Chronic Health Problems Soar in Kids
Asthma, Obesity, and ADHD Top the List
WebMD News Archive
What's Causing It?
All three conditions -- asthma, obesity, and ADHD -- have been linked to
genetic influences, Perrin says, yet genetic factors can't totally explain the
rise in the problems.
He points also to social, family, and environmental changes, such as a rise
in working parents with less time to nurture their children, more stress on
parents, increased use of television and other media and computers, and
decreased opportunities for physical activity.
Another factor that may play a role, the researchers say, is the rise in
very low-birth-weight babies, who have been found to be at higher risk for
obesity, ADHD, and perhaps asthma.
Dietary changes -- increases in calories and portion size, as well as the
abundance of sugary beverages -- also affect the rise in obesity, he says.
As today's children and teens move into young adulthood, Perrin sees a huge
impact on their need for health care as well as social services if they become
disabled. "I think we are going to see a doubling or tripling of health
care costs," he says.
"These are people who are going to have much less of a good quality of
life and good future," he says. Young people who are obese have a higher
risk of getting diabetes and cardiovascular disease, he tells WebMD, and
children with severe asthma can become disabled even as teens.
ADHD, he adds, is probably in large part due to genetics but may have
environmental factors playing a role.
In a editorial in the same issue, Jody W. Zylke, MD, a contributing editor
to the journal, and Catherine D. DeAngelis, MD, MPH, the journal's
editor-in-chief, note that pediatric chronic diseases are "stealing"
Complicating the issue, they say, is that researchers don't agree on a clear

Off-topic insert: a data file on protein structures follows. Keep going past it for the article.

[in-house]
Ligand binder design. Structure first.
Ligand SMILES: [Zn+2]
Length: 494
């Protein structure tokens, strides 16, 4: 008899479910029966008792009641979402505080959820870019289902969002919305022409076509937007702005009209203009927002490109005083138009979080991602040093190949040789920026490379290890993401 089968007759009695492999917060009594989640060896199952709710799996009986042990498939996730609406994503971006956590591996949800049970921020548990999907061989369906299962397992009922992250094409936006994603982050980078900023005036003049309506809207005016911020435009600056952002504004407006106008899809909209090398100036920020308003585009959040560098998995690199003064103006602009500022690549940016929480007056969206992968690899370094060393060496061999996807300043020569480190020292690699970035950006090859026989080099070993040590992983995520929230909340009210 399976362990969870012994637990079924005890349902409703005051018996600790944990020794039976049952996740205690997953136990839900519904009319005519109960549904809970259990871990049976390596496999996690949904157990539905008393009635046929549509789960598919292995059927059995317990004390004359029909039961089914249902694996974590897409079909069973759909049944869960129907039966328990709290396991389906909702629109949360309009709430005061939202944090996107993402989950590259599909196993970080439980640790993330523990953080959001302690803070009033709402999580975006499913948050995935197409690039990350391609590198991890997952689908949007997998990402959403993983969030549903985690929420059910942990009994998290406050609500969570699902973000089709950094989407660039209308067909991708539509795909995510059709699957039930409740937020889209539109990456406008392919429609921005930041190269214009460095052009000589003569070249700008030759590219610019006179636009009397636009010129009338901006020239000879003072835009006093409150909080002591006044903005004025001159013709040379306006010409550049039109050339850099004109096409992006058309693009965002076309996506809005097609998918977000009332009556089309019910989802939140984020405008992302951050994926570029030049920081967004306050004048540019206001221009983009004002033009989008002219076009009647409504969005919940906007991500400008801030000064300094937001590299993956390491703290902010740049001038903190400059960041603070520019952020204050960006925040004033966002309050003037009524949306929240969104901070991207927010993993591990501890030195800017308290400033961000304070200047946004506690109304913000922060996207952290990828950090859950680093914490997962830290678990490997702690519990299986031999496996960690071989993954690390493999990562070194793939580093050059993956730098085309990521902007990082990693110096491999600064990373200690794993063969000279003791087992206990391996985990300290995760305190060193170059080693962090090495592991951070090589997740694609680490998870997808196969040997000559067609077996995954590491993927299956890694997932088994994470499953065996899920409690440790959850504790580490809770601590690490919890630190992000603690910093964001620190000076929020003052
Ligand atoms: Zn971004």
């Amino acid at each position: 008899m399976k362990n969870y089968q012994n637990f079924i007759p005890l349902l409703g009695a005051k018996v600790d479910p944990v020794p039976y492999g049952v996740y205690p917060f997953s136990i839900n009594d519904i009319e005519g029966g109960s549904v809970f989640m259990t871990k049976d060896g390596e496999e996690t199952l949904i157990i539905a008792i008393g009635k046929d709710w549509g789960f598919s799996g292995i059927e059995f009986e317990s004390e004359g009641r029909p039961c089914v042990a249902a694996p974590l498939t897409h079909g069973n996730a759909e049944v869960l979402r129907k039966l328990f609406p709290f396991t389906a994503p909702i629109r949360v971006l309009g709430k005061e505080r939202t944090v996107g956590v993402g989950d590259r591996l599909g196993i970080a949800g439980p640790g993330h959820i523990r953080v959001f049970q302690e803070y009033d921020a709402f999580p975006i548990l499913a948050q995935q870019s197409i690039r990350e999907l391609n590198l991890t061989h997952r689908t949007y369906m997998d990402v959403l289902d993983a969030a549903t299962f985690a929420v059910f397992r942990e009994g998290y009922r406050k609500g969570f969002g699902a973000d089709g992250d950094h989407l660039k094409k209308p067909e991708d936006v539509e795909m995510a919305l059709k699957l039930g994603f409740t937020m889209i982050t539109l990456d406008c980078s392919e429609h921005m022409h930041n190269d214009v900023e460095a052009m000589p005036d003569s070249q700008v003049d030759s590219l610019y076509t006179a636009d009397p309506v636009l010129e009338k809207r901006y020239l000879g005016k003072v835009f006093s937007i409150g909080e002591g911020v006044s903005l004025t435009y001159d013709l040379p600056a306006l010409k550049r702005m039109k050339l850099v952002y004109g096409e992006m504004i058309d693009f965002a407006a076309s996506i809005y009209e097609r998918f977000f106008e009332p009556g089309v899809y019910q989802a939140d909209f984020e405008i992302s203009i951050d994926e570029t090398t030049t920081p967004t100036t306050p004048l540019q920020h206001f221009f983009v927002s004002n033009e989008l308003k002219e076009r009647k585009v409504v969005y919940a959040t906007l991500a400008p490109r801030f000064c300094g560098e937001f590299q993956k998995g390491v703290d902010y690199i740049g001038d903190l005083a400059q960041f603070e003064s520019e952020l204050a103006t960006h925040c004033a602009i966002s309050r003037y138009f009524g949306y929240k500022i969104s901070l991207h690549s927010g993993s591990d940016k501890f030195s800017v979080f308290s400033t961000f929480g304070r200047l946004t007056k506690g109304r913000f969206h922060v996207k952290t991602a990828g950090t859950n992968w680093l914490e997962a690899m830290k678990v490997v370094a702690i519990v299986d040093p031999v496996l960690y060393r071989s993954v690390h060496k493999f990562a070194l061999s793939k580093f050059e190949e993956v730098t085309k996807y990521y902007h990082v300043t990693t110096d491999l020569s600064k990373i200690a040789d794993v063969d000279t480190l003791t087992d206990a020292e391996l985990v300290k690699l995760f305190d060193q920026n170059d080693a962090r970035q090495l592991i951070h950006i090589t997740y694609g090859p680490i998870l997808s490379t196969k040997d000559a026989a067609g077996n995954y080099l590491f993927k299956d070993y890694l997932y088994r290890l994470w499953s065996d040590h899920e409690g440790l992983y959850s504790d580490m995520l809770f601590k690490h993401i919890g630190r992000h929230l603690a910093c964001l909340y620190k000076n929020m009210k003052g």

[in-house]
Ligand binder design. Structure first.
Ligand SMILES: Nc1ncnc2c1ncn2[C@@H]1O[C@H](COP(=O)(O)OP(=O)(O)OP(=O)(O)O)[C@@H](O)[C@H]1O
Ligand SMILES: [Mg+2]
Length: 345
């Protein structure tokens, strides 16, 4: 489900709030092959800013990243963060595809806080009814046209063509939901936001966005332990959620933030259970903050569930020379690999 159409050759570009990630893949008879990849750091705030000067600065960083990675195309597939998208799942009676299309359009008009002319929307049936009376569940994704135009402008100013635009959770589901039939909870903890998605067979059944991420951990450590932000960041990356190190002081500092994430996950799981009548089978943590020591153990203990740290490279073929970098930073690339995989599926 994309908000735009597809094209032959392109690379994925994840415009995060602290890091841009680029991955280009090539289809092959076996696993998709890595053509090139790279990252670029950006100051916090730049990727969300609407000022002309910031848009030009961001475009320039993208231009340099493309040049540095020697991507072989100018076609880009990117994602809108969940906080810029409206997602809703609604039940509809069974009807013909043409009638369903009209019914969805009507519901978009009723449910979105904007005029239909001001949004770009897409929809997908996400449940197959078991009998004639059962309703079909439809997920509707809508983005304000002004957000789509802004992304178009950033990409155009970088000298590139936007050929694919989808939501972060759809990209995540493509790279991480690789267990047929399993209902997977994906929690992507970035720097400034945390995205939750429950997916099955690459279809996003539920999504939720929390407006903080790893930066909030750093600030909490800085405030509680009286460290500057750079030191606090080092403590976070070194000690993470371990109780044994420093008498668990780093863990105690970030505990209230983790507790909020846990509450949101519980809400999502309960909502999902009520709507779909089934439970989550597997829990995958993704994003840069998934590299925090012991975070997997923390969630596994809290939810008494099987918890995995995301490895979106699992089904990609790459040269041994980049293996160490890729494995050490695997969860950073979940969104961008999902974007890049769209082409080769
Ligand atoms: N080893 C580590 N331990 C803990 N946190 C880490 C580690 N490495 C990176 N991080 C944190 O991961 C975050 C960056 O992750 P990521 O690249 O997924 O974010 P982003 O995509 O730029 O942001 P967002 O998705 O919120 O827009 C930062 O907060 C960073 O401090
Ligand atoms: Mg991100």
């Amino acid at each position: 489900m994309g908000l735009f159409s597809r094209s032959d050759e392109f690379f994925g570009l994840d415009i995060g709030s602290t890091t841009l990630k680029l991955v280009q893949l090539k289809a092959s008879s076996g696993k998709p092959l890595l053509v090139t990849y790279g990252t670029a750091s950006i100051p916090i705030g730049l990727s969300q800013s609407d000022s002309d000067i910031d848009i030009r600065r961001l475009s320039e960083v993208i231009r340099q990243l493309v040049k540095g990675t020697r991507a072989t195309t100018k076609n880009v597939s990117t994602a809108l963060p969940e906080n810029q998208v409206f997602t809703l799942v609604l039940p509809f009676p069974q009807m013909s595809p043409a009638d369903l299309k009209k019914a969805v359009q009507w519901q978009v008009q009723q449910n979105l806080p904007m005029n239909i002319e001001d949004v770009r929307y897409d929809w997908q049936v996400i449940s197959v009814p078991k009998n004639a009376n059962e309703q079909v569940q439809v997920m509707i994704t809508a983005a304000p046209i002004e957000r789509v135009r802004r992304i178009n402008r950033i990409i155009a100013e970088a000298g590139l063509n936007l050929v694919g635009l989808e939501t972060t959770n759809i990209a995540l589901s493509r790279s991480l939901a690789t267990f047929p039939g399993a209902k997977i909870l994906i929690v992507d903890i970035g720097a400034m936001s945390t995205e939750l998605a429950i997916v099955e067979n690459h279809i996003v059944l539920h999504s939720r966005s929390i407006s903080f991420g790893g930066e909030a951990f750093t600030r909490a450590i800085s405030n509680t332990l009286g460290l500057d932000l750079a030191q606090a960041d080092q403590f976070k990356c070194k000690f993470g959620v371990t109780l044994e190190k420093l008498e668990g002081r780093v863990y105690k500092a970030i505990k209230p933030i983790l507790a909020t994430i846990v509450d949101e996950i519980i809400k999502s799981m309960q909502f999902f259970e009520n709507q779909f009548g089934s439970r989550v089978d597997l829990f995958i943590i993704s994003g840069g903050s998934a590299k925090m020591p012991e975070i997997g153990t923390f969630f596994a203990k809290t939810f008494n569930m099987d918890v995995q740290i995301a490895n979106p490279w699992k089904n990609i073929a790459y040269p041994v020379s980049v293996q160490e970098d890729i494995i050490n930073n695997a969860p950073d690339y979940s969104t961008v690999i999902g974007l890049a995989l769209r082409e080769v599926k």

definition of a chronic health condition in childhood.
In another study in the same issue, researchers from the Netherlands
reviewed 64 articles that defined chronic health conditions of children. They
found a large range of definitions in use. As a result, the estimates of how
many children are affected ranged from 0.22% to 44%.
Despite the bleak picture, the co-authors say there are a few bright spots,
such as the success with childhood cancer survival (yet there has also been a
rise in treatment-related complications). And research on childhood conditions
is about to take off with the expected launching this year of the National
Children's Study. It will evaluate 100,000 children from before birth until age
21 to focus on the effects of environmental factors on health and
What Parents Can Do
Reducing childhood chronic diseases isn't just a task for researchers and
health policy experts. Parents can help, says Mark Schuster, MD, PhD, director
of health promotion and disease prevention at RAND Corp. in Santa Monica,
Calif., a nonprofit research organization, and chief of general pediatrics and
vice-chairman of the University of California at Los Angeles department of
"Create an environment in the household where kids can eat
healthier," he suggests. "If a refrigerator is filled with high-fat
snack foods, kids are more likely to eat them. A particular concern is
sugar-sweetened beverages. If parents could just get their kids to drink
water, that would be a good first step. Flavorings that don't add calories are
Perrin tells the parents of his patients to do three things: Pay attention
to your child's diet, increase physical activity, and cut down on television
and other media use. "Replace it with exercise," he says.
Perrin advises limiting viewing of all media -- television, computer, and
all other electronics -- to one hour a day on weekdays and two hours a day on
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